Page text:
How 'The Hunger Games' Exposes The Necessary Evil Of Celebrity

The Hunger Games saga is about many things. It's a love story, a war story, a science-fiction saga about a dystopian future, a coming of age story, etc. But The Hunger Games is also a story about celebrity. The second Katniss volunteers as a District 12 tribute, she becomes an instant star. The reaping, like the Games, was recorded and televised across Panem. And her celebrity status only grows once she enters the Capitol and begins the Games. The Hunger Games is often identified by the love triangle of Peeta, Katniss and Gale, or the violent nature of the plot, but really, the series should be known for exposing the manipulative and isolating nature of celebrity fame.

Celebrity has always been an important part of The Hunger Games. In the first installment, Katniss, Peeta and the other tributes are transformed into glamorous idols before entering the Games' slaughter, in an effort to glorify their actions for the Capitol's benefit. Tributes are given makeovers, and paraded in front of the districts on live television interviews with celebrity announcer Caesar Flickerman. The entire event is shown in both the film and the books to be both extensive and completely faked for the cameras. Katniss' clothes have been artfully designed and picked for her, her answers are practiced, and her demeanor is clearly coached. It's really not unlike a night at the Oscars or a red carpet event. Says Katniss in Suzanne Collins' The Hunger Games,

"And there I am, blushing and confused, made beautiful by Cinna's hands, desirable by Peeta's confession, tragic by circumstance, and by all accounts, unforgettable."

In The Hunger Games, Katniss uses her newfound celebrity to her advantage. She strikes up a fake relationship with Peeta to create a star-crossed lovers story that will entice sponsors to send her help inside the Arena. This, of course, is a commentary on the nature of reality television, imitating the "real" relationships TV viewers obsess over and root for that only exist in front of a lens. And it works. Shows like The Bachelor and Keeping Up With The Kardashians have been on the air for years, selling a heightened version of reality, and the Hunger Games does the same.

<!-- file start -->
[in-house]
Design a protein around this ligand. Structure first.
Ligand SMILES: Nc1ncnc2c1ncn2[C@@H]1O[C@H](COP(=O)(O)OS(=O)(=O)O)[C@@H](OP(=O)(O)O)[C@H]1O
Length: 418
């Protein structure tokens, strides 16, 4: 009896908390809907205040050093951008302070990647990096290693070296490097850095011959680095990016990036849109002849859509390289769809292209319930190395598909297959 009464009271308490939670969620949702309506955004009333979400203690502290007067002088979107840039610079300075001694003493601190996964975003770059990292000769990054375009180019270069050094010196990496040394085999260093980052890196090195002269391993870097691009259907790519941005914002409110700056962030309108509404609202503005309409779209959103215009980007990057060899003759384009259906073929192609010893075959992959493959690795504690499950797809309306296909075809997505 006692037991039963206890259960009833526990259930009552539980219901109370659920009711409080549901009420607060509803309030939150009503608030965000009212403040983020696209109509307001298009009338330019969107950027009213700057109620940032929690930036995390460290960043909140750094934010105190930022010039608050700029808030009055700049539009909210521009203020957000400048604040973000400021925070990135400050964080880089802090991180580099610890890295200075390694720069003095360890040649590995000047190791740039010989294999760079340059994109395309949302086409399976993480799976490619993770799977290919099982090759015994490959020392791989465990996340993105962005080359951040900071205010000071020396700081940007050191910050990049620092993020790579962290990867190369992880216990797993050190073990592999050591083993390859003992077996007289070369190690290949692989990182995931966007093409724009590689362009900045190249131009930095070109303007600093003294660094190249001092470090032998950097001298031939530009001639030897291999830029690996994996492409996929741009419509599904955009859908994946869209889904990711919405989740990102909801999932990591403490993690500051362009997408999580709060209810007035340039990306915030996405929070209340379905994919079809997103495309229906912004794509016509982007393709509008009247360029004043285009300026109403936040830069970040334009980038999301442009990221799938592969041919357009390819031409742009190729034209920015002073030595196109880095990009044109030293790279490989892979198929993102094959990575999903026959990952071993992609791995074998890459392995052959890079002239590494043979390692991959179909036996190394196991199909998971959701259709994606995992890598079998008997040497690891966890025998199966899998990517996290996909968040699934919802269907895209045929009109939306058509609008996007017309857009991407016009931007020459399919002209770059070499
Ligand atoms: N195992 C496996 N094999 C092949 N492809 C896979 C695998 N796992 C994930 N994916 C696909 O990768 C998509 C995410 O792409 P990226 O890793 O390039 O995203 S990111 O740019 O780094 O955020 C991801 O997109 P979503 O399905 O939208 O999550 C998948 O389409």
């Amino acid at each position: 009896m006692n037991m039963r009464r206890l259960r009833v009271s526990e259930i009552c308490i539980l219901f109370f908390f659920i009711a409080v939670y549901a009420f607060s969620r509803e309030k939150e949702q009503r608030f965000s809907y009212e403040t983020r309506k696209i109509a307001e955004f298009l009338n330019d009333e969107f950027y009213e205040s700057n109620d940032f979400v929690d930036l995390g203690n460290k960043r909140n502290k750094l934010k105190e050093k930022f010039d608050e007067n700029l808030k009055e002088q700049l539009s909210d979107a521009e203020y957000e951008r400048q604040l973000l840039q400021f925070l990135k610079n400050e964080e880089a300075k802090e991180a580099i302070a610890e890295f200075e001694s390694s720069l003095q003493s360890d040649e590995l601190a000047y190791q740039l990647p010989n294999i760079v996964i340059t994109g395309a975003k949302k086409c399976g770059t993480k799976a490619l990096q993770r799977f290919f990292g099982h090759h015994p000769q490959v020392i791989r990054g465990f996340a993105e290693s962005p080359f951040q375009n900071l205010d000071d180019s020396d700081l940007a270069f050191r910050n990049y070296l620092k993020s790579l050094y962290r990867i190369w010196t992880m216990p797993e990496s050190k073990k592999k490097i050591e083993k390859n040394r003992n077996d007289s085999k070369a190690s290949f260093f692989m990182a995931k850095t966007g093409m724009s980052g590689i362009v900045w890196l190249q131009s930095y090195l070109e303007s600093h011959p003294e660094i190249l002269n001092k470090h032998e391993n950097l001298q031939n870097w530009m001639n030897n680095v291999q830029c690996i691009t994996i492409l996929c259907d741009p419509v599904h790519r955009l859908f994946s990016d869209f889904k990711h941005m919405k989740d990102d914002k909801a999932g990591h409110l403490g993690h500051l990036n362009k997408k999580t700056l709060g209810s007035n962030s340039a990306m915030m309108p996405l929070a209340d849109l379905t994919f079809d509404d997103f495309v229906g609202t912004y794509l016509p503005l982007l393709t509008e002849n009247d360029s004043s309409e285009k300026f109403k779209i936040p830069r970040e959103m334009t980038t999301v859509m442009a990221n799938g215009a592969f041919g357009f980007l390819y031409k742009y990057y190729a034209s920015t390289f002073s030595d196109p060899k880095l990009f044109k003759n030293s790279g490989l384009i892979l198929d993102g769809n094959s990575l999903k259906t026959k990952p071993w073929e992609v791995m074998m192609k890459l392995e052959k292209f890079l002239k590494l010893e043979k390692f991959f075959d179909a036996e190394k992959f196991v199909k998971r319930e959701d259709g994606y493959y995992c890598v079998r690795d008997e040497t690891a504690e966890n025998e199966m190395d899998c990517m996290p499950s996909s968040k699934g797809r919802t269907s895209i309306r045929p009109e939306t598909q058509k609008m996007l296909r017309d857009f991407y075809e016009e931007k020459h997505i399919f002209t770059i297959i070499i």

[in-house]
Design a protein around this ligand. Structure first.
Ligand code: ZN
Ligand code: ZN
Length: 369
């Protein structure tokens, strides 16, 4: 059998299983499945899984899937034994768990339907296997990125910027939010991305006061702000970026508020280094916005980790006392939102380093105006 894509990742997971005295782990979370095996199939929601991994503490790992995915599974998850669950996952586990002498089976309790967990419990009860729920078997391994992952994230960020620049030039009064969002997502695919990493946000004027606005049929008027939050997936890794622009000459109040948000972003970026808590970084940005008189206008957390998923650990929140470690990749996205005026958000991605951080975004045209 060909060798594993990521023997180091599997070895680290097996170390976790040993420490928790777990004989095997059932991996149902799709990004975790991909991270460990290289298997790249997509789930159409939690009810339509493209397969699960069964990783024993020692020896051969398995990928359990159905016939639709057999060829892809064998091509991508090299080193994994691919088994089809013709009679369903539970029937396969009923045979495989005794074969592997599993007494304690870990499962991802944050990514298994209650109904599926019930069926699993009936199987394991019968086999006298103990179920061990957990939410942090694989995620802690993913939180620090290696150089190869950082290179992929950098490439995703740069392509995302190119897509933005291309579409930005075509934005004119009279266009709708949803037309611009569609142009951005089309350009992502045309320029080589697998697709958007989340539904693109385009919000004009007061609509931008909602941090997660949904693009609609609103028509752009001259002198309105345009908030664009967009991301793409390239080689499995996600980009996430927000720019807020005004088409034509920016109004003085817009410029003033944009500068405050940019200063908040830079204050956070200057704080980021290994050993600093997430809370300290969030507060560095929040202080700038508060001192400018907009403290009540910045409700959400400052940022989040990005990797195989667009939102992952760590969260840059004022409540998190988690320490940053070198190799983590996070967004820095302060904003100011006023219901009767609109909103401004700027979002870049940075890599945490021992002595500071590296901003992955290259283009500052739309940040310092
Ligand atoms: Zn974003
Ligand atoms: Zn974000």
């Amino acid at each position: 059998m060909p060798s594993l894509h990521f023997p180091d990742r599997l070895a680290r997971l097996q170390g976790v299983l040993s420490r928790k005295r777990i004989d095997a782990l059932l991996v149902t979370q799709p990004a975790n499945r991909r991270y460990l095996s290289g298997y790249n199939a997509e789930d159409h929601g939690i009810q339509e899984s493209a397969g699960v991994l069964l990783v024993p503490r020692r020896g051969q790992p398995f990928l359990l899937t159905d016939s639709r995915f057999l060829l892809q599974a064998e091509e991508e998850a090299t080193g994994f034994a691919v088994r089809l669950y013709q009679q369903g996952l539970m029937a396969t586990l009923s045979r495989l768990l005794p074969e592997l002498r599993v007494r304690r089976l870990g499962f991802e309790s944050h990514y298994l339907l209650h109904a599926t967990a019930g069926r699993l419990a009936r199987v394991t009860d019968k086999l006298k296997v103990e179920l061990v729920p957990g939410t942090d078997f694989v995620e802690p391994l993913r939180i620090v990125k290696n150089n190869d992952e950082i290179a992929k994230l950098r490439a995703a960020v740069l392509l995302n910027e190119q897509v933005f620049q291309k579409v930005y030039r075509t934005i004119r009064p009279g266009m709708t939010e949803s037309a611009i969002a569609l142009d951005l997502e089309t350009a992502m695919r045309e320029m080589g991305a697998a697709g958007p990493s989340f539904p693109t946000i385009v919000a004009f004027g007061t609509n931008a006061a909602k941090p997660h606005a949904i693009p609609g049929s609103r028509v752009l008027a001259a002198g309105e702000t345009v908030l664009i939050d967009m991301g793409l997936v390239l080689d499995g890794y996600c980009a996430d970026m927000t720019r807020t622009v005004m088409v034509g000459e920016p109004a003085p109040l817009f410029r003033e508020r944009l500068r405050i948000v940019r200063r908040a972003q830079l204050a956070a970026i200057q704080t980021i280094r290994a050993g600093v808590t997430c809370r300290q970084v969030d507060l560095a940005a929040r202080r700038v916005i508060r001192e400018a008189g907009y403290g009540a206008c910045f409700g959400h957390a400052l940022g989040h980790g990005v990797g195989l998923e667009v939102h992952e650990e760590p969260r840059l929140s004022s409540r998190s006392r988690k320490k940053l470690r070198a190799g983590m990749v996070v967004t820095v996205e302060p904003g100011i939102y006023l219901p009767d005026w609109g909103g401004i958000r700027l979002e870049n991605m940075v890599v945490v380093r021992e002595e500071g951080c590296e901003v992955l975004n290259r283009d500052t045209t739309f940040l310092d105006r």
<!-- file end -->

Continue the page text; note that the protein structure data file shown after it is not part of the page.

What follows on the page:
It's not just reality television that manipulates people, of course. Those in the public eye, like celebrities and politicians, have a say in the matter, too, and understand the importance of presenting an image to entice fans. It's worth noting that the most popular tweet on Twitter for almost two years was a photo of President Obama hugging his wife after his 2012 victory. Like Peeta and Katniss, the Obamas (or at least their teams) know that love is always good marketing.

So, Katniss' celebrity is, in The Hunger Games , a good thing. It gives her an edge in the Games and helps keep her and Peeta alive. But, it also makes her more of a tool for the Capitol, as demonstrated in Catching Fire. In the second part of the franchise, the Capitol attempts to trade on Katniss and Peeta's love story during their Victors Tour. Their "romance" is put on display in each district of Panem, used as a shinning example of a love that blossomed from the Capitol. Their relationship is simply a PR tool. As Haymitch (Woody Harrelson) tells Katniss in Catching Fire, "Every year they're going to drag you out and broadcast the details of your romance, every year your private life becomes theirs. From now on, your job is to be a distraction, so people forget what the real problems are."

When Katniss and Peeta are sent back to compete in the Hunger Games, Katniss and her Mockingjay pin become less of a tool for the Capitol and more of a symbol for the growing rebellion. The nature of Katniss' celebrity gets more complex. She goes from being a puppet of the Capitol to being one of the rebellion. It might be a cause Katniss believes in, but it's still something she never asked for. At the beginning of Catching Fire, she even suggests to Gale that they escape into the woods. Her goal was never to spark a revolution, but just to protect her family.

What's striking about Katniss' journey in Mockingjay is that she resents her status as a celebrity, but is also aware that it is a necessary evil. To help save Peeta and Panem from the tyranny of President Snow, Katniss is forced to play a part. She dresses up in a special Mockingjay outfit, films propaganda spots and is expected to act according to the whims of President Coin. Her image is still being cultivated and manufactured for a specific purpose that is not her own — like selling tickets to a movie or promoting a beauty brand.

Less than 10 minutes into Mockingjay, Part 1, Plutarch (Philip Seymour Hoffman) dubs Katniss (Jennifer Lawrence) "the face of the revolution," and he's right. After becoming "The Girl On Fire" during her trip to the Hunger Games, our hero doesn't belong to herself anymore. For all the strength and independence Katniss has throughout the series, she is also held captive by her celebrity. Being the symbol of a revolution may be empowering, but it is also stifling. Once she is adopted by the rebels as their leader, a part of her agency disappears.

Despite all the negative aspects that come with celebrity for Katniss and Peeta, their celebrity is also shown as crucial to the revolution that eventually defeats President Snow and ends the Games. In The Hunger Games, celebrity isn't good or bad. It's just necessary.

Images: Lionsgate (4)